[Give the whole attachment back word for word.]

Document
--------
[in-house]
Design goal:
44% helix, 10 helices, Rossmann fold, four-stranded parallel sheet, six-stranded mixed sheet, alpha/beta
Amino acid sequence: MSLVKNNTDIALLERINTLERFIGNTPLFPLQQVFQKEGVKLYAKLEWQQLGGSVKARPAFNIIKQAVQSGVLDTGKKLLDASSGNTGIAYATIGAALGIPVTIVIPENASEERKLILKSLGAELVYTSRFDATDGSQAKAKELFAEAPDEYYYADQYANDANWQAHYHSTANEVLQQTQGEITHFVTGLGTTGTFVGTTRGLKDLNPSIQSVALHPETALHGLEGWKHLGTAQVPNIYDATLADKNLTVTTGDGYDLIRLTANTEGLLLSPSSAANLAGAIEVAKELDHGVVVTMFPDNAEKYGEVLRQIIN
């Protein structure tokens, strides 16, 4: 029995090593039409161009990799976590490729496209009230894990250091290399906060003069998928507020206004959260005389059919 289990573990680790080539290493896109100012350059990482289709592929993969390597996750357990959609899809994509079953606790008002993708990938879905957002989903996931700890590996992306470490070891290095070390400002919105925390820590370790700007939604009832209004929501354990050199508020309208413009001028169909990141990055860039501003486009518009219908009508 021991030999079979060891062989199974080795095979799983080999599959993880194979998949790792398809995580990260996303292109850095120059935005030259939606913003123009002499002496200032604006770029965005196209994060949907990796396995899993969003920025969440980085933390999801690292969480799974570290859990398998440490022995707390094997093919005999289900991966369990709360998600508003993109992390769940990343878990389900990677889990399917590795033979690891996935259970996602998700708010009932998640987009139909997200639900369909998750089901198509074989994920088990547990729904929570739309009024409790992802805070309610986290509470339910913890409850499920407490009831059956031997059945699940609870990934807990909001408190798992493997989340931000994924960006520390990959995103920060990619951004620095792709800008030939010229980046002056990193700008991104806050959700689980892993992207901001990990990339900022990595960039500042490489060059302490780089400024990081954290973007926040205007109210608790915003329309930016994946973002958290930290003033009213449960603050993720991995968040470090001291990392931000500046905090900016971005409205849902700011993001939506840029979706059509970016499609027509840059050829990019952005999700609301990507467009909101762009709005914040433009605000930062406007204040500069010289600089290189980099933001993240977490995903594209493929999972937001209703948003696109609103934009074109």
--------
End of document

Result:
[in-house]
Design goal:
44% helix, 10 helices, Rossmann fold, four-stranded parallel sheet, six-stranded mixed sheet, alpha/beta
Amino acid sequence: MSLVKNNTDIALLERINTLERFIGNTPLFPLQQVFQKEGVKLYAKLEWQQLGGSVKARPAFNIIKQAVQSGVLDTGKKLLDASSGNTGIAYATIGAALGIPVTIVIPENASEERKLILKSLGAELVYTSRFDATDGSQAKAKELFAEAPDEYYYADQYANDANWQAHYHSTANEVLQQTQGEITHFVTGLGTTGTFVGTTRGLKDLNPSIQSVALHPETALHGLEGWKHLGTAQVPNIYDATLADKNLTVTTGDGYDLIRLTANTEGLLLSPSSAANLAGAIEVAKELDHGVVVTMFPDNAEKYGEVLRQIIN
């Protein structure tokens, strides 16, 4: 029995090593039409161009990799976590490729496209009230894990250091290399906060003069998928507020206004959260005389059919 289990573990680790080539290493896109100012350059990482289709592929993969390597996750357990959609899809994509079953606790008002993708990938879905957002989903996931700890590996992306470490070891290095070390400002919105925390820590370790700007939604009832209004929501354990050199508020309208413009001028169909990141990055860039501003486009518009219908009508 021991030999079979060891062989199974080795095979799983080999599959993880194979998949790792398809995580990260996303292109850095120059935005030259939606913003123009002499002496200032604006770029965005196209994060949907990796396995899993969003920025969440980085933390999801690292969480799974570290859990398998440490022995707390094997093919005999289900991966369990709360998600508003993109992390769940990343878990389900990677889990399917590795033979690891996935259970996602998700708010009932998640987009139909997200639900369909998750089901198509074989994920088990547990729904929570739309009024409790992802805070309610986290509470339910913890409850499920407490009831059956031997059945699940609870990934807990909001408190798992493997989340931000994924960006520390990959995103920060990619951004620095792709800008030939010229980046002056990193700008991104806050959700689980892993992207901001990990990339900022990595960039500042490489060059302490780089400024990081954290973007926040205007109210608790915003329309930016994946973002958290930290003033009213449960603050993720991995968040470090001291990392931000500046905090900016971005409205849902700011993001939506840029979706059509970016499609027509840059050829990019952005999700609301990507467009909101762009709005914040433009605000930062406007204040500069010289600089290189980099933001993240977490995903594209493929999972937001209703948003696109609103934009074109």